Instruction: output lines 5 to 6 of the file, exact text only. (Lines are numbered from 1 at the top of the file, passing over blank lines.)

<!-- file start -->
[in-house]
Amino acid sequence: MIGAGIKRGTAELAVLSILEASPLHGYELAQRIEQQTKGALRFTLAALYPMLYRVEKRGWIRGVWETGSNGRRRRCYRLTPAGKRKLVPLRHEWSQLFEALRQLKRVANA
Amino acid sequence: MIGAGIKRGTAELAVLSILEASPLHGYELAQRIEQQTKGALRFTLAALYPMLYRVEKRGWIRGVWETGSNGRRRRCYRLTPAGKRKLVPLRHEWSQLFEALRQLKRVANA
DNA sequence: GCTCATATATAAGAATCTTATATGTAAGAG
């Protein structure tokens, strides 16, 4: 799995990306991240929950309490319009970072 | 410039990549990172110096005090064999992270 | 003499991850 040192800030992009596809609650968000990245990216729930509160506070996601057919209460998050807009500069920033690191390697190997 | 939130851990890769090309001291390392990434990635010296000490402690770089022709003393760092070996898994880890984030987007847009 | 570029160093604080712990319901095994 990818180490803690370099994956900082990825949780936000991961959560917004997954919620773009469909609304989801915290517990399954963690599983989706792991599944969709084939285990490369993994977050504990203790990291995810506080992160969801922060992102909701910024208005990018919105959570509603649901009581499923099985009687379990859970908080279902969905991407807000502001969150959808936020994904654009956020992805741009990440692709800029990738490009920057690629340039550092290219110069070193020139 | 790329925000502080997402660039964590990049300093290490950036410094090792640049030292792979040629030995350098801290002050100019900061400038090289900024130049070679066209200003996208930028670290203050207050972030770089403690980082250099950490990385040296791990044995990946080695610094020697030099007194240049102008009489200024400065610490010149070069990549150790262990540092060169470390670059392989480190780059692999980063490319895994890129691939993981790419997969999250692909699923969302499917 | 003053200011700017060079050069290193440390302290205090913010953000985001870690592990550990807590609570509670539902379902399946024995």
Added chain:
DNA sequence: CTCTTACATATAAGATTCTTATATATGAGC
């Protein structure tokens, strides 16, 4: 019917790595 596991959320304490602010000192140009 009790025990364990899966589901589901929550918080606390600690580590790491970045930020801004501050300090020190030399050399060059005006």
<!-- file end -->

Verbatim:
């Protein structure tokens, strides 16, 4: 799995990306991240929950309490319009970072 | 410039990549990172110096005090064999992270 | 003499991850 040192800030992009596809609650968000990245990216729930509160506070996601057919209460998050807009500069920033690191390697190997 | 939130851990890769090309001291390392990434990635010296000490402690770089022709003393760092070996898994880890984030987007847009 | 570029160093604080712990319901095994 990818180490803690370099994956900082990825949780936000991961959560917004997954919620773009469909609304989801915290517990399954963690599983989706792991599944969709084939285990490369993994977050504990203790990291995810506080992160969801922060992102909701910024208005990018919105959570509603649901009581499923099985009687379990859970908080279902969905991407807000502001969150959808936020994904654009956020992805741009990440692709800029990738490009920057690629340039550092290219110069070193020139 | 790329925000502080997402660039964590990049300093290490950036410094090792640049030292792979040629030995350098801290002050100019900061400038090289900024130049070679066209200003996208930028670290203050207050972030770089403690980082250099950490990385040296791990044995990946080695610094020697030099007194240049102008009489200024400065610490010149070069990549150790262990540092060169470390670059392989480190780059692999980063490319895994890129691939993981790419997969999250692909699923969302499917 | 003053200011700017060079050069290193440390302290205090913010953000985001870690592990550990807590609570509670539902379902399946024995």
Added chain: